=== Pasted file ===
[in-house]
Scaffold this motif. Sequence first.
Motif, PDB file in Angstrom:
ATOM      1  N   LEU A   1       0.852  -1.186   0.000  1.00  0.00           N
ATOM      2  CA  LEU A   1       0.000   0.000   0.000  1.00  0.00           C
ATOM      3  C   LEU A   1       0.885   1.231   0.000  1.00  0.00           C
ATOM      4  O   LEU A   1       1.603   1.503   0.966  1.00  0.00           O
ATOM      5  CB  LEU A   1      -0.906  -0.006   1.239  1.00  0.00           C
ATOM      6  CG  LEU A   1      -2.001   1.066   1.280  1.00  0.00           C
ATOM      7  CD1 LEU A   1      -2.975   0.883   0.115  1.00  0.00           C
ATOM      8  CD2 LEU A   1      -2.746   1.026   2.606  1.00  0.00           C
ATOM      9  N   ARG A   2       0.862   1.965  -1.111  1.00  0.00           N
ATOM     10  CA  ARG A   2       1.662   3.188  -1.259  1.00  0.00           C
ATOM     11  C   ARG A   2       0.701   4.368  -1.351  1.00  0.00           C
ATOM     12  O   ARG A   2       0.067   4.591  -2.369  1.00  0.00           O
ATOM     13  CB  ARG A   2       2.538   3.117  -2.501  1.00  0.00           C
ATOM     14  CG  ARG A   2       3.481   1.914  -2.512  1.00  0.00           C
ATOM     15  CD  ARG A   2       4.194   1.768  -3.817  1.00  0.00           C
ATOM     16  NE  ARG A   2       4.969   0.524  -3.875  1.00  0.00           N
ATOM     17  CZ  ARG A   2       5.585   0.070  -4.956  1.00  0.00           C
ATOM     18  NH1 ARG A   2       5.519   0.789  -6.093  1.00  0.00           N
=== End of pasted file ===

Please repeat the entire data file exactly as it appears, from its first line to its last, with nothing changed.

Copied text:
[in-house]
Scaffold this motif. Sequence first.
Motif, PDB file in Angstrom:
ATOM      1  N   LEU A   1       0.852  -1.186   0.000  1.00  0.00           N
ATOM      2  CA  LEU A   1       0.000   0.000   0.000  1.00  0.00           C
ATOM      3  C   LEU A   1       0.885   1.231   0.000  1.00  0.00           C
ATOM      4  O   LEU A   1       1.603   1.503   0.966  1.00  0.00           O
ATOM      5  CB  LEU A   1      -0.906  -0.006   1.239  1.00  0.00           C
ATOM      6  CG  LEU A   1      -2.001   1.066   1.280  1.00  0.00           C
ATOM      7  CD1 LEU A   1      -2.975   0.883   0.115  1.00  0.00           C
ATOM      8  CD2 LEU A   1      -2.746   1.026   2.606  1.00  0.00           C
ATOM      9  N   ARG A   2       0.862   1.965  -1.111  1.00  0.00           N
ATOM     10  CA  ARG A   2       1.662   3.188  -1.259  1.00  0.00           C
ATOM     11  C   ARG A   2       0.701   4.368  -1.351  1.00  0.00           C
ATOM     12  O   ARG A   2       0.067   4.591  -2.369  1.00  0.00           O
ATOM     13  CB  ARG A   2       2.538   3.117  -2.501  1.00  0.00           C
ATOM     14  CG  ARG A   2       3.481   1.914  -2.512  1.00  0.00           C
ATOM     15  CD  ARG A   2       4.194   1.768  -3.817  1.00  0.00           C
ATOM     16  NE  ARG A   2       4.969   0.524  -3.875  1.00  0.00           N
ATOM     17  CZ  ARG A   2       5.585   0.070  -4.956  1.00  0.00           C
ATOM     18  NH1 ARG A   2       5.519   0.789  -6.093  1.00  0.00           N